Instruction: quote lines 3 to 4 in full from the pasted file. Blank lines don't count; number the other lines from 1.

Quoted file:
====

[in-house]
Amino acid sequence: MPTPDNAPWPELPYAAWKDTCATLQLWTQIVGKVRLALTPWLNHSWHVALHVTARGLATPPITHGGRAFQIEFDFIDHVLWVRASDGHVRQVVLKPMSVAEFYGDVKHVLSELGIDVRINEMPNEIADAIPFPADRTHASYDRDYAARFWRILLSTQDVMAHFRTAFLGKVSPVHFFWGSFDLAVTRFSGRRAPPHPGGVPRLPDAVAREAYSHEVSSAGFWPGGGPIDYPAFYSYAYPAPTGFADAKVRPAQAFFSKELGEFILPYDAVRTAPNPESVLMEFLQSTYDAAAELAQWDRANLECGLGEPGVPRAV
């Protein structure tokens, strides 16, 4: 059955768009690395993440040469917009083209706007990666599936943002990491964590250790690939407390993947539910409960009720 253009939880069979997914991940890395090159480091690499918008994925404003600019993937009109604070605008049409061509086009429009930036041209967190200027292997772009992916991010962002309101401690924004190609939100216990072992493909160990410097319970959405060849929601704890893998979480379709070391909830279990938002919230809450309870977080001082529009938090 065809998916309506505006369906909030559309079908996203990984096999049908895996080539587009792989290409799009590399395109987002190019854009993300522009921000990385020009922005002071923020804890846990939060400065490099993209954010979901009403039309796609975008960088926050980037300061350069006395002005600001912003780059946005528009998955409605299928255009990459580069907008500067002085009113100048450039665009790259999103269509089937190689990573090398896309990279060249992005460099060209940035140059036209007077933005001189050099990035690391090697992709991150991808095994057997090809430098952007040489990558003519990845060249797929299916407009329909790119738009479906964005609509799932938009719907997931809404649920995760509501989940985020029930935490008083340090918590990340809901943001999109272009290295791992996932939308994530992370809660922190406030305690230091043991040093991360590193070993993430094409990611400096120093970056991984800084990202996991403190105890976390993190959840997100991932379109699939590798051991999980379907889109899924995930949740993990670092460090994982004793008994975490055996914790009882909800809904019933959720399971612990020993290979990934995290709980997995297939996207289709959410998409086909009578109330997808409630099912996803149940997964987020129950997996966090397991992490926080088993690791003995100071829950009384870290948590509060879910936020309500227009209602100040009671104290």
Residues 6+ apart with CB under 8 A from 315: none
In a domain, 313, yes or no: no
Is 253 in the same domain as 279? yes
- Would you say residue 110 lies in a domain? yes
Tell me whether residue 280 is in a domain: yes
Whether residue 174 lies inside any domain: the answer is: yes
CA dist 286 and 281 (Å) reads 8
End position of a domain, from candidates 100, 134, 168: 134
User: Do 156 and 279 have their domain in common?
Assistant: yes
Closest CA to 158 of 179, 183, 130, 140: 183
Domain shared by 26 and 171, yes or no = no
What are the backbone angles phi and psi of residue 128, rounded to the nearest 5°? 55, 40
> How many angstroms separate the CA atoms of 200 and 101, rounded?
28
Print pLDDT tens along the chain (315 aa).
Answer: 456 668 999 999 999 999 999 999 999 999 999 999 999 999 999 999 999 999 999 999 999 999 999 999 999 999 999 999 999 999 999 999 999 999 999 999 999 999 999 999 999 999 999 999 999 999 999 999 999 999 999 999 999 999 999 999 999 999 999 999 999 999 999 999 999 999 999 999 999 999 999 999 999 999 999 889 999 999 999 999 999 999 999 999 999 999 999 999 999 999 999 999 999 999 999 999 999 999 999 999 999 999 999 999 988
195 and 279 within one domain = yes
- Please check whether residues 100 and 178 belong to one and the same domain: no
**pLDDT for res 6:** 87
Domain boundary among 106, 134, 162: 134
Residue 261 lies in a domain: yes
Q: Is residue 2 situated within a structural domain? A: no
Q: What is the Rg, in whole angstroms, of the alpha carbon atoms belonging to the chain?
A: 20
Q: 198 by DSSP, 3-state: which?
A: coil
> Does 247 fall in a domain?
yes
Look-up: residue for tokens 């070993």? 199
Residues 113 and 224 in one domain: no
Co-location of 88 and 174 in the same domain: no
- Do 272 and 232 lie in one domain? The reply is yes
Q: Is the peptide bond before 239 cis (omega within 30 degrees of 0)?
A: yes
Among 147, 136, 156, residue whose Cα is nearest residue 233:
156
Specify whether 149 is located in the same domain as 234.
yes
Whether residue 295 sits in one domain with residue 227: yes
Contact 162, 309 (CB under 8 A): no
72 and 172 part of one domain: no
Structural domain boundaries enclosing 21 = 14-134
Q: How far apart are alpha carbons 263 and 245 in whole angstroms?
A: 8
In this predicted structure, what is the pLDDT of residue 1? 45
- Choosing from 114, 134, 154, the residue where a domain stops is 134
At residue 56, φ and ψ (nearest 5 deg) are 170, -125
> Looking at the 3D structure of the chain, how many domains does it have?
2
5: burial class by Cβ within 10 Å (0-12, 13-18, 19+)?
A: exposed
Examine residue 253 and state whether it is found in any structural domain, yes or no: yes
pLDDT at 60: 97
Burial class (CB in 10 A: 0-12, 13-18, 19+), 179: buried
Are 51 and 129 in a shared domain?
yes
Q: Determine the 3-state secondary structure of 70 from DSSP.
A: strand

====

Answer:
């Protein structure tokens, strides 16, 4: 059955768009690395993440040469917009083209706007990666599936943002990491964590250790690939407390993947539910409960009720 253009939880069979997914991940890395090159480091690499918008994925404003600019993937009109604070605008049409061509086009429009930036041209967190200027292997772009992916991010962002309101401690924004190609939100216990072992493909160990410097319970959405060849929601704890893998979480379709070391909830279990938002919230809450309870977080001082529009938090 065809998916309506505006369906909030559309079908996203990984096999049908895996080539587009792989290409799009590399395109987002190019854009993300522009921000990385020009922005002071923020804890846990939060400065490099993209954010979901009403039309796609975008960088926050980037300061350069006395002005600001912003780059946005528009998955409605299928255009990459580069907008500067002085009113100048450039665009790259999103269509089937190689990573090398896309990279060249992005460099060209940035140059036209007077933005001189050099990035690391090697992709991150991808095994057997090809430098952007040489990558003519990845060249797929299916407009329909790119738009479906964005609509799932938009719907997931809404649920995760509501989940985020029930935490008083340090918590990340809901943001999109272009290295791992996932939308994530992370809660922190406030305690230091043991040093991360590193070993993430094409990611400096120093970056991984800084990202996991403190105890976390993190959840997100991932379109699939590798051991999980379907889109899924995930949740993990670092460090994982004793008994975490055996914790009882909800809904019933959720399971612990020993290979990934995290709980997995297939996207289709959410998409086909009578109330997808409630099912996803149940997964987020129950997996966090397991992490926080088993690791003995100071829950009384870290948590509060879910936020309500227009209602100040009671104290």
Residues 6+ apart with CB under 8 A from 315: none